well pleased, actually, to be in New York, and to
be at the Carnegie Hall. He didn’t play New York. He didn’t even play Canada. I mean, he was very
short-lived as a live artist, sadly, so, he is there. His music’s there. – That’s beautiful. – It must be remarkable
now to see the appreciation and adoration for him now. I feel like he was beloved
in his time in France and Europe, but more so now here. Would you say that’s true? – I think it’s true that it’s, I mean the day that he died,
everything stopped in France. He, thank God, had been loved before. Before he died. He could have missed it. He
could have been someone who was so outrageous and so
much ahead of his time, and never repeating himself. I mean, his work’s a bit like, a bit like somebody, it’s not pretentious to say Picasso because I can’t think of
another example where somebody had a rose period and a blue period, and a cubic period,
and a serialist period, and just went on changing. I think probably he’d think it was old hat even to bring in lots of
instruments and be sumptuous. (girls laugh) Always, always, always ahead, so it was amazing in that case. When he pissed a lot of people off, when people could be very shocked by him, that actually, about two, three years before
dying, I think he knew how loved he was by the whole of France, and Philippe Lerichomme
did TV shows with him where 50 little boys came forward, it seems strange now, but 50 little lads would come forward with Chetan cigarettes in their mouths, singing “Je suis venu
ce dit a que je t’aime,” there he was crying
because of being so moved, seeing these little boys, so, it was the mood of France when he died, actually, he was probably the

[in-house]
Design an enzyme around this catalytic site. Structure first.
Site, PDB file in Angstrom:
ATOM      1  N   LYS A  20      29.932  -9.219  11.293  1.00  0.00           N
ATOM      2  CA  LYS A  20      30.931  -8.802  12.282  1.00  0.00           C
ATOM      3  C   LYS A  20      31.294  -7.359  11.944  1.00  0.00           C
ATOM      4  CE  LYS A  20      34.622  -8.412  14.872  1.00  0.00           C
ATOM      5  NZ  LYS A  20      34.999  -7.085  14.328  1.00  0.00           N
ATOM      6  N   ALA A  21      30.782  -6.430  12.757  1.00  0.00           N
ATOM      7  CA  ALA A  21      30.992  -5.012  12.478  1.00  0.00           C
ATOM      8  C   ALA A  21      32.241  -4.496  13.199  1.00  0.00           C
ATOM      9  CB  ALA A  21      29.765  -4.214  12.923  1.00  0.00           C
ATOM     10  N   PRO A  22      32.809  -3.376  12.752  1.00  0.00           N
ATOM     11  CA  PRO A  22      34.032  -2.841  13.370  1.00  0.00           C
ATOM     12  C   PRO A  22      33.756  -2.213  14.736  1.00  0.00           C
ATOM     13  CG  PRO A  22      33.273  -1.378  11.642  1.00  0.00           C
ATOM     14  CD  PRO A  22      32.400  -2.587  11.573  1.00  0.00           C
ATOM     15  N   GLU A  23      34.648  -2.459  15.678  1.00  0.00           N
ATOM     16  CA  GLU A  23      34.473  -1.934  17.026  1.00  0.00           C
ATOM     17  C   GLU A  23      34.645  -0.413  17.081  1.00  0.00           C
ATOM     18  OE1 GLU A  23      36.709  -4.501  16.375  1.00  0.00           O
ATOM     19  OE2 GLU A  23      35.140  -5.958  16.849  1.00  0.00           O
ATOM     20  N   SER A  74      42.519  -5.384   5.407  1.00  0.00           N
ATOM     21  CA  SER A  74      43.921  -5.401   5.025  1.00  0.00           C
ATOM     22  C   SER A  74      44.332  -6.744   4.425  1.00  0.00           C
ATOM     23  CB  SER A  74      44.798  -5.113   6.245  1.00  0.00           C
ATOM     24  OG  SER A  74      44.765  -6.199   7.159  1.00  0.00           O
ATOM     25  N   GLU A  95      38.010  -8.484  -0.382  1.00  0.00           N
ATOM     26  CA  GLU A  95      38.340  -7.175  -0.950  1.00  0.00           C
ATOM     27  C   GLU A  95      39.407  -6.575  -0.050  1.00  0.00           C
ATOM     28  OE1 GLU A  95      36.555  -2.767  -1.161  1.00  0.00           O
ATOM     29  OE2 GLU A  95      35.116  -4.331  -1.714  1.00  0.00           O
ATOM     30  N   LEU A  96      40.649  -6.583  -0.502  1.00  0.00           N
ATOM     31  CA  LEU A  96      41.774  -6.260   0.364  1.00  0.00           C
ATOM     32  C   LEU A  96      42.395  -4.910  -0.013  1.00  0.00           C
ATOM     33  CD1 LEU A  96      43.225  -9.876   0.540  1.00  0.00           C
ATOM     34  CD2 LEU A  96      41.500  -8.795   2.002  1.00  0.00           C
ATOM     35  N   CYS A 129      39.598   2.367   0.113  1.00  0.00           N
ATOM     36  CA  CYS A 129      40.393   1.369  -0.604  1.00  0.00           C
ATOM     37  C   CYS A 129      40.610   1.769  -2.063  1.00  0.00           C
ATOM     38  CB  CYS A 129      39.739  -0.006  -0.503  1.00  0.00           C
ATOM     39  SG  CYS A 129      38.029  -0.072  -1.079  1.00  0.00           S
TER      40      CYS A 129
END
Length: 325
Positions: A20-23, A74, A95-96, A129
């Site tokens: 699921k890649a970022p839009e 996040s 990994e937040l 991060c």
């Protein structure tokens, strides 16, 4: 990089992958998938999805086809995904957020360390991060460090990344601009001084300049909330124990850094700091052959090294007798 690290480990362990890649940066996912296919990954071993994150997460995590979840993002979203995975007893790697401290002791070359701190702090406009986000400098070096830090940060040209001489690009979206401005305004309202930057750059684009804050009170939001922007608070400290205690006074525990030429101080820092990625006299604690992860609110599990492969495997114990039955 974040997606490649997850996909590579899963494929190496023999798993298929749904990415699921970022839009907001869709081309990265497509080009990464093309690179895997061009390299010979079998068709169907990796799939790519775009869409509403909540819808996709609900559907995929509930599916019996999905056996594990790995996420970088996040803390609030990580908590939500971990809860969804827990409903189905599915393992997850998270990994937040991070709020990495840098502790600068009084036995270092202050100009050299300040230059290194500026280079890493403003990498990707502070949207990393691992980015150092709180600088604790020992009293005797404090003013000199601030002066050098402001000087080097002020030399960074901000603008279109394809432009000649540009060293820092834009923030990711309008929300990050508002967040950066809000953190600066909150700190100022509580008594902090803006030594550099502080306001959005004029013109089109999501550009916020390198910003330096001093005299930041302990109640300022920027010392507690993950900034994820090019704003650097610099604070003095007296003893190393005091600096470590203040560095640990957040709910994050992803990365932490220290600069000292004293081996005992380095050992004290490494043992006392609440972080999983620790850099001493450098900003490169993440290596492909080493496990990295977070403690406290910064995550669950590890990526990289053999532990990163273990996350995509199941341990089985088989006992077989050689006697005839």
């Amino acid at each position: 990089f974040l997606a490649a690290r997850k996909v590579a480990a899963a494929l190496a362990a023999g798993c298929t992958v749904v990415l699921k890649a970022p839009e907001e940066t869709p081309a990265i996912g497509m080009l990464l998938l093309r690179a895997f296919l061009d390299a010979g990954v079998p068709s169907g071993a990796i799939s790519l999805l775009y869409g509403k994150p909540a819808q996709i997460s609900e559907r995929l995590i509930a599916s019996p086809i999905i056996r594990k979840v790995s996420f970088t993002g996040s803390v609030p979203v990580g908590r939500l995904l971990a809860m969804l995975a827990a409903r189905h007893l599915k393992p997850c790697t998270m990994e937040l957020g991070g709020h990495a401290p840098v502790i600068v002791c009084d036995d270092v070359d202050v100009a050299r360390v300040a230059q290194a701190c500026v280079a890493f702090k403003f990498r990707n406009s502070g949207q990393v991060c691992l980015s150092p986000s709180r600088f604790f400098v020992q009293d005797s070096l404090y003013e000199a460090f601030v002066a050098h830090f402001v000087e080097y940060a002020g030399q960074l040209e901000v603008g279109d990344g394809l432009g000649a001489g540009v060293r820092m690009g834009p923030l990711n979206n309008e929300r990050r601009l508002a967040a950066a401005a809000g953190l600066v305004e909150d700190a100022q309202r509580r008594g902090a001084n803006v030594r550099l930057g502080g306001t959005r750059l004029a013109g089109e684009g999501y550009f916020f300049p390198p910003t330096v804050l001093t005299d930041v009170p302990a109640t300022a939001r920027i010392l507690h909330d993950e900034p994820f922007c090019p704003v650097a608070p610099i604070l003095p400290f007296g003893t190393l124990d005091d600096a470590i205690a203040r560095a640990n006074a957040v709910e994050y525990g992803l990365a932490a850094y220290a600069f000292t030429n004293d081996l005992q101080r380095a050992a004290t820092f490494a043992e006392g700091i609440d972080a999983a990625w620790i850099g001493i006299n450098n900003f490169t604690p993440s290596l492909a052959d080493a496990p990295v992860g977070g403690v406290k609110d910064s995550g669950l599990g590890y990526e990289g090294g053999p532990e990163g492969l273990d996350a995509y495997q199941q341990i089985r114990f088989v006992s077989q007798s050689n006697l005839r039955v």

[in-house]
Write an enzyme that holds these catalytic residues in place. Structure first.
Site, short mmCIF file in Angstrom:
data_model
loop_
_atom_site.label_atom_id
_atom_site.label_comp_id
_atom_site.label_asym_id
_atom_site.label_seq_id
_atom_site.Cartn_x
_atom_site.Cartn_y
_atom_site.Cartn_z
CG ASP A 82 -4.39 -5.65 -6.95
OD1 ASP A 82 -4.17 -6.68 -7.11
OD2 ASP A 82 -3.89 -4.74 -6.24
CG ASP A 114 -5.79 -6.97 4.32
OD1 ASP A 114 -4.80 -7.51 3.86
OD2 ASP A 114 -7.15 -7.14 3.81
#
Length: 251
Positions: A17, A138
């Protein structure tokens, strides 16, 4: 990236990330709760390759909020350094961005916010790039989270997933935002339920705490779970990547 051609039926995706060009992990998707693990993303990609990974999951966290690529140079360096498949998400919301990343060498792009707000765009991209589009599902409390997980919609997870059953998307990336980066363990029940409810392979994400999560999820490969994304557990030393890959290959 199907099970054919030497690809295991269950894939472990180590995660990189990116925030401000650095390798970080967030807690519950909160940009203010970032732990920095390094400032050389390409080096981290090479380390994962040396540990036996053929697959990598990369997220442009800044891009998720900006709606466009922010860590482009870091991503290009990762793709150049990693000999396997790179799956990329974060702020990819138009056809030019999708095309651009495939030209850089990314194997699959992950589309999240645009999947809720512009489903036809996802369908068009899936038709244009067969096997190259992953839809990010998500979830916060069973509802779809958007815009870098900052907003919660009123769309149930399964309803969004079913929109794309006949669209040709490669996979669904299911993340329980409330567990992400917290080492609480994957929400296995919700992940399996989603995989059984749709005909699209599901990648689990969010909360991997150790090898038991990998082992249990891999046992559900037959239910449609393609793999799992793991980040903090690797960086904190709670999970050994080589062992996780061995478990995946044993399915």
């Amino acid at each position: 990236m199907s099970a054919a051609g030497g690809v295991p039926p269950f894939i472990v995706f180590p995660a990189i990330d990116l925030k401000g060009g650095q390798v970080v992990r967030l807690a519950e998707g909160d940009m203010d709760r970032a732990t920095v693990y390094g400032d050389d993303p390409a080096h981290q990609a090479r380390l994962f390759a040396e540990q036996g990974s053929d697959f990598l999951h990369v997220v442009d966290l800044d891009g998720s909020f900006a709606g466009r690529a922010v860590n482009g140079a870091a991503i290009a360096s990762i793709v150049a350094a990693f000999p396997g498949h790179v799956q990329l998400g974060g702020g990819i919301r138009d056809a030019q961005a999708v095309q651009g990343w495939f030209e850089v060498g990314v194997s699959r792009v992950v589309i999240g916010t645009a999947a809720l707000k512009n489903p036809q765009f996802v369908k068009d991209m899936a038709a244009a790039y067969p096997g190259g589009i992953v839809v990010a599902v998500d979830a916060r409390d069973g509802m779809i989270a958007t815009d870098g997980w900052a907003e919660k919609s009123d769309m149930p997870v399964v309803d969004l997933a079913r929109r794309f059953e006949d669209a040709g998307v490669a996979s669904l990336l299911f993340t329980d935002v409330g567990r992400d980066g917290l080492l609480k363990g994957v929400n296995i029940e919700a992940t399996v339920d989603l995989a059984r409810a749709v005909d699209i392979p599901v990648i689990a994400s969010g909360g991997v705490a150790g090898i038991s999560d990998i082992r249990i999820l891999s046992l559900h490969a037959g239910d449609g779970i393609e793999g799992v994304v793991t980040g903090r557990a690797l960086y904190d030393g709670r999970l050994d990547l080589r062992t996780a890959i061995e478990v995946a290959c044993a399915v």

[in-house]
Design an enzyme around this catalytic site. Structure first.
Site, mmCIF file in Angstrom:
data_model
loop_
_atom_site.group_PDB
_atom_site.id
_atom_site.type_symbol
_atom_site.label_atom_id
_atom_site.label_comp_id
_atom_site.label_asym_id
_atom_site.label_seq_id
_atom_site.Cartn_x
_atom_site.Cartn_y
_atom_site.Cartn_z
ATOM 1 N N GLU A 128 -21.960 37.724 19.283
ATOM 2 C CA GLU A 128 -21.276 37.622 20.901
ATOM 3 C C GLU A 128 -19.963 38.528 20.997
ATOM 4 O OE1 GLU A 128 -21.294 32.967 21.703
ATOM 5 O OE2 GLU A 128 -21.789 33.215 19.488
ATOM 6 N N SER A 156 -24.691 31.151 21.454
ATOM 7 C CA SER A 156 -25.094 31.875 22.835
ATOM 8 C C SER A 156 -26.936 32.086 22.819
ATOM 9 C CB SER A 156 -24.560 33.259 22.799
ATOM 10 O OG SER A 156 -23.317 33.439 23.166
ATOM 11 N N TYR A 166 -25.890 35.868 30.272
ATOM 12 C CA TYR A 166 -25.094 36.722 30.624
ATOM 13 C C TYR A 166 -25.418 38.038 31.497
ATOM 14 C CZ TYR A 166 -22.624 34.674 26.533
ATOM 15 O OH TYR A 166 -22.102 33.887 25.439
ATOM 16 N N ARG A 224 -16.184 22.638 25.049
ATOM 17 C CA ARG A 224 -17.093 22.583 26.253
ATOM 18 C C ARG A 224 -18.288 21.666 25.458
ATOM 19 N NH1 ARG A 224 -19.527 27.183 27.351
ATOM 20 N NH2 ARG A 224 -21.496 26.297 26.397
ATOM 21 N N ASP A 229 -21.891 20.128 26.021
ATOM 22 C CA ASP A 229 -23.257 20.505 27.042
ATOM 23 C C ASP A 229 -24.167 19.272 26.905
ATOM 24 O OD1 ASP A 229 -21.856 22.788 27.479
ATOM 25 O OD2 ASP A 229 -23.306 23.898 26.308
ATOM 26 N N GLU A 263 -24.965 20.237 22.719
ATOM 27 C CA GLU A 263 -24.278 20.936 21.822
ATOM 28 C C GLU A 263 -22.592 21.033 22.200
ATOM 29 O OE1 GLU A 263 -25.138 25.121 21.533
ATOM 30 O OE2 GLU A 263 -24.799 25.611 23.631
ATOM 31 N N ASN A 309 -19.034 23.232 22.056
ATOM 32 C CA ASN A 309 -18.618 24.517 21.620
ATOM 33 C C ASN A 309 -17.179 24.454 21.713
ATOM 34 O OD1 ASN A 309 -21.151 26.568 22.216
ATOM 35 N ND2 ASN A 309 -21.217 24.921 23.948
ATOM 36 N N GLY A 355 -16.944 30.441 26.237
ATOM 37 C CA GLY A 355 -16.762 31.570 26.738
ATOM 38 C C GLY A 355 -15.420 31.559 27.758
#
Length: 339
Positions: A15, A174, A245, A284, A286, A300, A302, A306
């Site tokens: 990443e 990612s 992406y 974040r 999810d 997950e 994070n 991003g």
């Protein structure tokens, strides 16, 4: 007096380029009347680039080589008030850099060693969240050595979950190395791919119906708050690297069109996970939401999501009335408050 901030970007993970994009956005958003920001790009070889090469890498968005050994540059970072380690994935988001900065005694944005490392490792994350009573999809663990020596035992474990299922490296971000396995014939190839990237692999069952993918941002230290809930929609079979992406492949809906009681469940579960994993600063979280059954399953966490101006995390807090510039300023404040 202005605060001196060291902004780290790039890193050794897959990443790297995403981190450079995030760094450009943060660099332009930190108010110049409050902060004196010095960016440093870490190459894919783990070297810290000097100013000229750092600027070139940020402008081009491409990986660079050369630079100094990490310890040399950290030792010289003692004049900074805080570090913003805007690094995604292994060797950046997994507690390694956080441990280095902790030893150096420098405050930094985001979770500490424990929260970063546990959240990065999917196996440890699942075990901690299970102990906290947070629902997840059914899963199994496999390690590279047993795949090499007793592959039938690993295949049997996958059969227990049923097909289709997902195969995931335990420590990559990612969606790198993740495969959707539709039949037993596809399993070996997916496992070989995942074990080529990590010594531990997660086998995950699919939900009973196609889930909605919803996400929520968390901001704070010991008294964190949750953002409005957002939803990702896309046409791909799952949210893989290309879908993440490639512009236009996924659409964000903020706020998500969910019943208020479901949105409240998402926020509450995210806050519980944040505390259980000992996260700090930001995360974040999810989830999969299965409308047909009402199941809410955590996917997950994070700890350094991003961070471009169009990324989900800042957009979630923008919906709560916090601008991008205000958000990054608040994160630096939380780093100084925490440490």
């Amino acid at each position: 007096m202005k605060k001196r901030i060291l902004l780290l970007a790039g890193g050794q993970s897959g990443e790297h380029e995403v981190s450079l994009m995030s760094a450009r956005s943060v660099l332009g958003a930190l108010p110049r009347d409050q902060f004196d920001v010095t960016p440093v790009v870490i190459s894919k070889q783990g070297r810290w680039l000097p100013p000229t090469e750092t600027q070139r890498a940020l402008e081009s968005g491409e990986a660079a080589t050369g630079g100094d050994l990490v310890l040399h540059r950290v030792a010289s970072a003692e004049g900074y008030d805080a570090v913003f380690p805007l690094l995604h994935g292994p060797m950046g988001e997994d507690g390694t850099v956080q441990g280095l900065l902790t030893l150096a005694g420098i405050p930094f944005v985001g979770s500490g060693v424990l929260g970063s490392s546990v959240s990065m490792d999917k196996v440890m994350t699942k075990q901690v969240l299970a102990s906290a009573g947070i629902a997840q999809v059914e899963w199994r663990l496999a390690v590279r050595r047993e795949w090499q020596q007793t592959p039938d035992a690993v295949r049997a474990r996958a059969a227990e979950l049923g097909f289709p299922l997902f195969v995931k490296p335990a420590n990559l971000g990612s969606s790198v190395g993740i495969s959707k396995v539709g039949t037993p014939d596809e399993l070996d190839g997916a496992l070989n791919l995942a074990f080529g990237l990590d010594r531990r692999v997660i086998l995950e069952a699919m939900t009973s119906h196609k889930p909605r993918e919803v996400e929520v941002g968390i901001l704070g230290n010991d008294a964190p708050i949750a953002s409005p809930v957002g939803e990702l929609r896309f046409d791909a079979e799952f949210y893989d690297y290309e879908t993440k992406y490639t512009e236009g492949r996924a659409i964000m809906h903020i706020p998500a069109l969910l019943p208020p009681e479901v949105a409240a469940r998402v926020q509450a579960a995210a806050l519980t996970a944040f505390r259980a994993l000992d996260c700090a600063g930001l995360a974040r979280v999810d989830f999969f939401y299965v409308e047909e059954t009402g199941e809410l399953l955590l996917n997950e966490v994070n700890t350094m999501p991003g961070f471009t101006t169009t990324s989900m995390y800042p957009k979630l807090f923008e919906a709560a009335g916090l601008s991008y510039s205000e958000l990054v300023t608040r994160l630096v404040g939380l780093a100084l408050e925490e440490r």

most loved person in France. So, now, the appreciation of his work, and of his literary work, and of how, probably, poetically wise, he’s changed everybody since. They’ve all been influenced by him is something that’s got bigger and bigger. But even when I sang at the Savoy Theater after he died, and I’d
gone over to England, and the British press,
the chic ones were fine, but the Sun, or I don’t
know what trashy newspaper, said “Oh, are you going to
show us a bit of leg, Jane,” “for the photo?” I said no, and then they said, they said “Have you made any other
dirty songs, Jane?” And I thought how can
they be so unaware of who Serge is, and instead of crying I thought no, I must go back to France, and I must ask other people of whom they’ve heard, so that I can prove it. So I rang up Yves Saint Laurent, Jean Du Gard, Mitterrand, Chirac, absolutely, Katherine DeNeve, Francois, I mean every single person that I thought, “ah, at least they know,” the minister of education, and that they would each
write who Serge was to them. So when Chirac wrote “Serge is our Apollinaire,
our Baudelaire,” I think it was Mitterrand, then I went back to England
with it all hand-written, and printed underneath and
translated into English, I was able to say, there. Voila. That’s what they think of him in France. And Beauregard came onto
the stage to explain to the English who I was to the French, because he, too, had
had a career in Italy, where sometimes the English
had been a bit blase to have not realized that